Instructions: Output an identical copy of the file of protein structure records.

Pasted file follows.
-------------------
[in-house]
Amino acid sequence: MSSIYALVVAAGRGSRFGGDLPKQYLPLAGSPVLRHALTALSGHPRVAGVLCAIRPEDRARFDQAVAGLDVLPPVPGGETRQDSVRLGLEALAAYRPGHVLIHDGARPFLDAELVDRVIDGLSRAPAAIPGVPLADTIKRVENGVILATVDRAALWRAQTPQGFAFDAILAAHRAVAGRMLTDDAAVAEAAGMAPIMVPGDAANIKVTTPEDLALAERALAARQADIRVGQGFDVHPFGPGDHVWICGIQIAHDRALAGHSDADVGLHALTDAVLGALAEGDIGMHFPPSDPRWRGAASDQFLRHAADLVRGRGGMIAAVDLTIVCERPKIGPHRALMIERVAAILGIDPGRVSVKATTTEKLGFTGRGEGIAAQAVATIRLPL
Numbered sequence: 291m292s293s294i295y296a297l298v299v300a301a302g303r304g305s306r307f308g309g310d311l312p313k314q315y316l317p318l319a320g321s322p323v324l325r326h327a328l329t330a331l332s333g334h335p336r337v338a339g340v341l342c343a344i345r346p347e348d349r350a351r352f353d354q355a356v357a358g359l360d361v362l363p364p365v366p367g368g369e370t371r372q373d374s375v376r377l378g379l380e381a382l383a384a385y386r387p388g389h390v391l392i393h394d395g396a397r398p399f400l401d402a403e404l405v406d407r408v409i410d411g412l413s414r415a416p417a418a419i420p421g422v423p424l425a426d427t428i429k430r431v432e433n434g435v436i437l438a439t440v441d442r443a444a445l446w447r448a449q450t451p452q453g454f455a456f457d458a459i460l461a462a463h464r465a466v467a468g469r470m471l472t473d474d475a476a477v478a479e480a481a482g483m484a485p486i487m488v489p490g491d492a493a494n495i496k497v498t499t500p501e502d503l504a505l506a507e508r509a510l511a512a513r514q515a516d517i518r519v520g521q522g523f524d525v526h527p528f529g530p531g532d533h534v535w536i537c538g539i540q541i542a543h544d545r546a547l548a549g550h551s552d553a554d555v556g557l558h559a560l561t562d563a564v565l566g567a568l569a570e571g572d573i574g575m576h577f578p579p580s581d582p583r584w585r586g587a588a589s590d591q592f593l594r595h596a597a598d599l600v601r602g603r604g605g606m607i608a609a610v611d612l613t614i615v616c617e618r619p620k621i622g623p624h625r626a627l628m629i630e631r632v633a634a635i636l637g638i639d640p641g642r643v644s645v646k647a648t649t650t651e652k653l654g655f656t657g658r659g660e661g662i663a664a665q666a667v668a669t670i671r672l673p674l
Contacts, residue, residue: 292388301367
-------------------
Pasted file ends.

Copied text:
[in-house]
Amino acid sequence: MSSIYALVVAAGRGSRFGGDLPKQYLPLAGSPVLRHALTALSGHPRVAGVLCAIRPEDRARFDQAVAGLDVLPPVPGGETRQDSVRLGLEALAAYRPGHVLIHDGARPFLDAELVDRVIDGLSRAPAAIPGVPLADTIKRVENGVILATVDRAALWRAQTPQGFAFDAILAAHRAVAGRMLTDDAAVAEAAGMAPIMVPGDAANIKVTTPEDLALAERALAARQADIRVGQGFDVHPFGPGDHVWICGIQIAHDRALAGHSDADVGLHALTDAVLGALAEGDIGMHFPPSDPRWRGAASDQFLRHAADLVRGRGGMIAAVDLTIVCERPKIGPHRALMIERVAAILGIDPGRVSVKATTTEKLGFTGRGEGIAAQAVATIRLPL
Numbered sequence: 291m292s293s294i295y296a297l298v299v300a301a302g303r304g305s306r307f308g309g310d311l312p313k314q315y316l317p318l319a320g321s322p323v324l325r326h327a328l329t330a331l332s333g334h335p336r337v338a339g340v341l342c343a344i345r346p347e348d349r350a351r352f353d354q355a356v357a358g359l360d361v362l363p364p365v366p367g368g369e370t371r372q373d374s375v376r377l378g379l380e381a382l383a384a385y386r387p388g389h390v391l392i393h394d395g396a397r398p399f400l401d402a403e404l405v406d407r408v409i410d411g412l413s414r415a416p417a418a419i420p421g422v423p424l425a426d427t428i429k430r431v432e433n434g435v436i437l438a439t440v441d442r443a444a445l446w447r448a449q450t451p452q453g454f455a456f457d458a459i460l461a462a463h464r465a466v467a468g469r470m471l472t473d474d475a476a477v478a479e480a481a482g483m484a485p486i487m488v489p490g491d492a493a494n495i496k497v498t499t500p501e502d503l504a505l506a507e508r509a510l511a512a513r514q515a516d517i518r519v520g521q522g523f524d525v526h527p528f529g530p531g532d533h534v535w536i537c538g539i540q541i542a543h544d545r546a547l548a549g550h551s552d553a554d555v556g557l558h559a560l561t562d563a564v565l566g567a568l569a570e571g572d573i574g575m576h577f578p579p580s581d582p583r584w585r586g587a588a589s590d591q592f593l594r595h596a597a598d599l600v601r602g603r604g605g606m607i608a609a610v611d612l613t614i615v616c617e618r619p620k621i622g623p624h625r626a627l628m629i630e631r632v633a634a635i636l637g638i639d640p641g642r643v644s645v646k647a648t649t650t651e652k653l654g655f656t657g658r659g660e661g662i663a664a665q666a667v668a669t670i671r672l673p674l
Contacts, residue, residue: 292388301367